For most Zimbabwean tertiary students it is usually a nightmare when it is time for attachment or internship. Getting attachment places in Zimbabwe is not easy and many have even had to defer because of that. Let’s look at some topical issues relating to the subject of internships in Zimbabwe. Let me start by looking at what an internship is all about.
What Is Internship?
Internship refers to an arrangement where tertiary students are hired by companies to gain industrial experience. Students can be from vocational training centres, colleges, or universities, amongst others. An internship’ duration varies spanning from just a few months to even over a year. Internships can be salaried or not; it usually depends on where one is attached.
Why Are Internships Hard To Come By In Zimbabwe?
Broadly I would say it all starts with two major problems which feed into each other; plus a third one actually. One, industrial activity in Zimbabwe is very low; many industries are operating way below capacity. This means the number of places where they are looking to hire is quite low. Most companies have had to even retrench some of their workers or close shop altogether. So this is the foundational problem where it all starts. Two, tertiary learning institutions are excessively enrolling a student population way beyond what the industries can accommodate. That is why it is not surprising to find most students struggling to land a place of attachment.
You would wonder why learning institutions are taking in too many students but the reason is quite clear. They might not admit but it is largely about making more money at the expense of proper student welfare. The third problem that has further compounded all this is the pandemic. Places for attachment have further gone done because more companies have scaled down their staff or have shut down their operations.
I could also add that learning institutions no longer actively do what they traditionally used to do. Back then it was the norm that learning institutions would actively secure internships for their students. It was far easier because learning institutions would simply use their influence and networks. Most students would reach attachment time already having a definite place of attachment to go to. I am not quite sure why that fizzled out over the years.
Another important point to add is that enrolment criteria have been heavily compromised nowadays. If you have the money you can enrol for almost any program you want. I personally know of one particular university where without any prior application you can go on registration days and be entered into a program of your choice. This also means that even unqualified students can now easily get enrolled. No wonder enrolment can just surge out of control. I have also noticed that there are certain programs where many students are applying for and getting enrolled. No offence but one of those programs is Development Studies. At the end of the day come attachment time, there will be a huge pool of students looking for attachment in the same largely limited companies.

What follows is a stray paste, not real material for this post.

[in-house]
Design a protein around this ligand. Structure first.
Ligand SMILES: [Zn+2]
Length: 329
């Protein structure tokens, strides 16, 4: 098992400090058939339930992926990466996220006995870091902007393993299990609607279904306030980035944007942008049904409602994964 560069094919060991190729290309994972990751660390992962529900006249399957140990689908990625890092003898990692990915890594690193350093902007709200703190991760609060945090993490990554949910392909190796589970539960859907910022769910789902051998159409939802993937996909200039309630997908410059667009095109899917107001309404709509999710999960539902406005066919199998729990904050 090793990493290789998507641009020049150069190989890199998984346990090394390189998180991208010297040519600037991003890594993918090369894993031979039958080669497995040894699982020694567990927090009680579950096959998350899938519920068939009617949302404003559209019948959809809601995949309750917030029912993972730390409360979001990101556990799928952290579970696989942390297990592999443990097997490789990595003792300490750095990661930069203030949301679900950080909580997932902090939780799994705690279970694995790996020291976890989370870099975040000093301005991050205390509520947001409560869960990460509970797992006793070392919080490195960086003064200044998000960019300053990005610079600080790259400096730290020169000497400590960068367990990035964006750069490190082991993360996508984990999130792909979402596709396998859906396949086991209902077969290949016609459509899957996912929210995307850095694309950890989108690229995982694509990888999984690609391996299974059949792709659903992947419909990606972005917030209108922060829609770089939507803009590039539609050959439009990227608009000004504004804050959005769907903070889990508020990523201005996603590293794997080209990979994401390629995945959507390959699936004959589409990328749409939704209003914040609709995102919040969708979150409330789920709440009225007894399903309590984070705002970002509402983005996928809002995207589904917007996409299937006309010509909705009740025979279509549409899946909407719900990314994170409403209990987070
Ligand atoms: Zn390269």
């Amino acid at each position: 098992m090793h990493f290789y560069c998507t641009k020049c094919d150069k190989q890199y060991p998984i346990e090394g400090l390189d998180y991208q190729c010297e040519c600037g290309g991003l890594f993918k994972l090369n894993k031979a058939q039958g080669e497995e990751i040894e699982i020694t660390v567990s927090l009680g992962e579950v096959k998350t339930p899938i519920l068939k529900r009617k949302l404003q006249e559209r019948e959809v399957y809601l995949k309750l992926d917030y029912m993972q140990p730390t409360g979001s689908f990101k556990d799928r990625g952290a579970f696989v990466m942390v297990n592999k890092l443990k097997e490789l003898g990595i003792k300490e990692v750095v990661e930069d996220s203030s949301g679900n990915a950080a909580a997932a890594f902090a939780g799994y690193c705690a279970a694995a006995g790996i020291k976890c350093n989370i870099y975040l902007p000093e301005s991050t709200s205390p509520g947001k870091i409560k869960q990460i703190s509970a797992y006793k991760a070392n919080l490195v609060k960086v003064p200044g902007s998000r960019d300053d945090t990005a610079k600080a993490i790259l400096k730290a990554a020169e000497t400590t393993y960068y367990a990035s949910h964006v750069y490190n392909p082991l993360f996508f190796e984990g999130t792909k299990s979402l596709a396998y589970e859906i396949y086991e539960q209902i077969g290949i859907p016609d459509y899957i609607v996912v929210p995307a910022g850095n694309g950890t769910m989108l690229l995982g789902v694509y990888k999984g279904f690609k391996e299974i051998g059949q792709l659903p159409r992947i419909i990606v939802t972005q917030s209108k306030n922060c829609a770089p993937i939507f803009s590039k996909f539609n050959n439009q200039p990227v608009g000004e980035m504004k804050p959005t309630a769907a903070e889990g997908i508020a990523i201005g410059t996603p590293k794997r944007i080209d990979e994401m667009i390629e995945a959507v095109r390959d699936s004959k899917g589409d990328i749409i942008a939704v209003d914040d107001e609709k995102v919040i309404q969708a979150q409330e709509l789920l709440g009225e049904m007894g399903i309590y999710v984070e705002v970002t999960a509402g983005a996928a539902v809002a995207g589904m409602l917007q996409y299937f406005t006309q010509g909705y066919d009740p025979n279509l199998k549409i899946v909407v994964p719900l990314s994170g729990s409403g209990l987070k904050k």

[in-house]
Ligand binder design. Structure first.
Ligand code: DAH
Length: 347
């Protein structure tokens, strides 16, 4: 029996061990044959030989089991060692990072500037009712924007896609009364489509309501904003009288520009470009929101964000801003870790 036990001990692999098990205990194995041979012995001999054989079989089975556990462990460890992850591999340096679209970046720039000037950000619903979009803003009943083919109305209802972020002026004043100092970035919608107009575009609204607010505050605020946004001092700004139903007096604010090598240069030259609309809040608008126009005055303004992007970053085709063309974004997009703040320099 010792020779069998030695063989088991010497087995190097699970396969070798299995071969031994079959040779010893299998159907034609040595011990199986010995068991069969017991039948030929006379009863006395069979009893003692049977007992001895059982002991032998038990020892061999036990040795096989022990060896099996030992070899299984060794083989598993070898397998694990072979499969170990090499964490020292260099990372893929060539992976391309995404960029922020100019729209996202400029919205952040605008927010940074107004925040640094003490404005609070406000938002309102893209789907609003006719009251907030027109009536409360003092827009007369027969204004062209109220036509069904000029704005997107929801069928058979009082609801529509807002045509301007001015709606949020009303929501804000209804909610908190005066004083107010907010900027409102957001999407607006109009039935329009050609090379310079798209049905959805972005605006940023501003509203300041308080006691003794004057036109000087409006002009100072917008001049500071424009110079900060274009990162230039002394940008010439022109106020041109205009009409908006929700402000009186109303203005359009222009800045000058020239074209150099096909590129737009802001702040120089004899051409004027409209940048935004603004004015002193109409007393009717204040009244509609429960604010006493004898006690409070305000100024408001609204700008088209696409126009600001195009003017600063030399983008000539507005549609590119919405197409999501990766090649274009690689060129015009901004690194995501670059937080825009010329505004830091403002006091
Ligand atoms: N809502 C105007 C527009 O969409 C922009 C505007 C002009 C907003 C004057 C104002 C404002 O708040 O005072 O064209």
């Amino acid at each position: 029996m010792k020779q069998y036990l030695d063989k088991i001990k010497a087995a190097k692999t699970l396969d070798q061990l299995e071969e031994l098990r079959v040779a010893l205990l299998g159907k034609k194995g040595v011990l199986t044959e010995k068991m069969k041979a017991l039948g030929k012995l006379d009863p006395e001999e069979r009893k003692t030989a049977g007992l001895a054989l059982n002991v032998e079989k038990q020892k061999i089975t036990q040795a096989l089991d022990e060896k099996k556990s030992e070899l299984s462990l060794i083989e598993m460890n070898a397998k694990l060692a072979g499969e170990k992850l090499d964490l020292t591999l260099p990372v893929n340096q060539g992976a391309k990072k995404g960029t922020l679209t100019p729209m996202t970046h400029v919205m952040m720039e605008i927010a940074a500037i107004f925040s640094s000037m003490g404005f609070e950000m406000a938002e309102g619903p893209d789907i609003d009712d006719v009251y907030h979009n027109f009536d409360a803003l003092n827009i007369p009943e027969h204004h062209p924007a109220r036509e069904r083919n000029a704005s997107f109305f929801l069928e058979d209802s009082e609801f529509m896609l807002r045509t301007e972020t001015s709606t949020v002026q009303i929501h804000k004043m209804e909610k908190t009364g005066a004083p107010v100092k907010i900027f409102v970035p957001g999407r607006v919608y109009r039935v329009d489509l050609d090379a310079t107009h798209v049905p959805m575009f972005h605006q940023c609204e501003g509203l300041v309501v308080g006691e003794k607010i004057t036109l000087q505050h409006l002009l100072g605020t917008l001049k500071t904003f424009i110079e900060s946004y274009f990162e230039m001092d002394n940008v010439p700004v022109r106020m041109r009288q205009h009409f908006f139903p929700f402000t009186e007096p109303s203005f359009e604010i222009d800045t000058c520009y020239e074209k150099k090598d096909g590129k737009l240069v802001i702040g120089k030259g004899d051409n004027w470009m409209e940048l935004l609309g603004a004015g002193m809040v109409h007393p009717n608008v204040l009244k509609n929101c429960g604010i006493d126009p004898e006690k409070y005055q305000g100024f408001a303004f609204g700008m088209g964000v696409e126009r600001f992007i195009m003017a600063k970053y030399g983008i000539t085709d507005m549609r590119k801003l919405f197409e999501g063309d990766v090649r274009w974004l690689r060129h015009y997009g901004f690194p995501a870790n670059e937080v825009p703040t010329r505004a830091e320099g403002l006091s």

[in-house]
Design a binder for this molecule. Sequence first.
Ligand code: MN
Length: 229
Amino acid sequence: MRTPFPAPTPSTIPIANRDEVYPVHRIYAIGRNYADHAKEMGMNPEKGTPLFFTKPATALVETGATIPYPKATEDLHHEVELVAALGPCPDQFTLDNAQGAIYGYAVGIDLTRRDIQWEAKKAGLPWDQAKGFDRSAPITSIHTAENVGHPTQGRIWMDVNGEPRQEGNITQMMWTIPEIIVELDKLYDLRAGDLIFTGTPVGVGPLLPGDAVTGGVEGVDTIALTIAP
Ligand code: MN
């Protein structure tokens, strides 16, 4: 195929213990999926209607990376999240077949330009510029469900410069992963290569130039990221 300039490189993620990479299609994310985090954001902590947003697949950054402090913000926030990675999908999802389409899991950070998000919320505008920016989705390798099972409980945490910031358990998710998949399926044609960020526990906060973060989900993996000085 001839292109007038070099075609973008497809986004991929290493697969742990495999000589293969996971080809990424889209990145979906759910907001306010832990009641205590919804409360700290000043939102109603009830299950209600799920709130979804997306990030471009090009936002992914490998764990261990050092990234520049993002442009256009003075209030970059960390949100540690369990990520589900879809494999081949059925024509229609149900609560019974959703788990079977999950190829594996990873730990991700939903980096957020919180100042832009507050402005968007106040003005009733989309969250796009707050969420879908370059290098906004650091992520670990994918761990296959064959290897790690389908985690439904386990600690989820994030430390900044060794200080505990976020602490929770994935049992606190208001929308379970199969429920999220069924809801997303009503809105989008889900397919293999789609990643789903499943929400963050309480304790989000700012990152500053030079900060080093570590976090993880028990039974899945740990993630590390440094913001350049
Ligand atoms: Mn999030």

The Undesirable Outcomes
One of the disturbing outcomes is that students are ending up settling for internships far removed from their academic programs. I have seen so many students on attachment largely running errands and nothing else. You ever wonder what industrial experience they get from that. Assessments, reports, and projects end up being fabricated just to formalize that someone was on attachment. It is no mystery why most companies are complaining about the incompetence of most graduate trainees. An internship is supposed to give a student the platform to gain invaluable industrial experience but it never gets to be so for many. Most companies now capitalise on students looking for attachment as cheap labour. The truth is the vast majority of internships in Zimbabwe are not salaried. Couple that with the fact the student will be dealing with duties at variance with their field of study; what you get is an unpolished student.
What Can Be Done?
Well, if the economy is fixed most of these issues will just go away. However, there is a lot that most of us can do to address these problems. For starters, learning institutions must be objective when it comes to enrolment. They must enrol a reasonable number of students; they actually know the numbers that constitute a healthy balance later. They also need to go back to that convenience of securing internships for their students; they have what it takes to do that. Employers also have a role to play – they must ensure that students get actual industrial experience. It also goes a long way if they can at least compensate them in some way. Then I feel if more business could formalize their operations we can have more places where students can get attached. Many businesses are running informally and as such, they cannot be considered as places of attachment.
I would love to hear your inputs on this issue. Kindly share your contributions in the comments below. Maybe you are a student due for attachment or were once on attachment before. What was your own experience like; let us have that discussion in the comments below?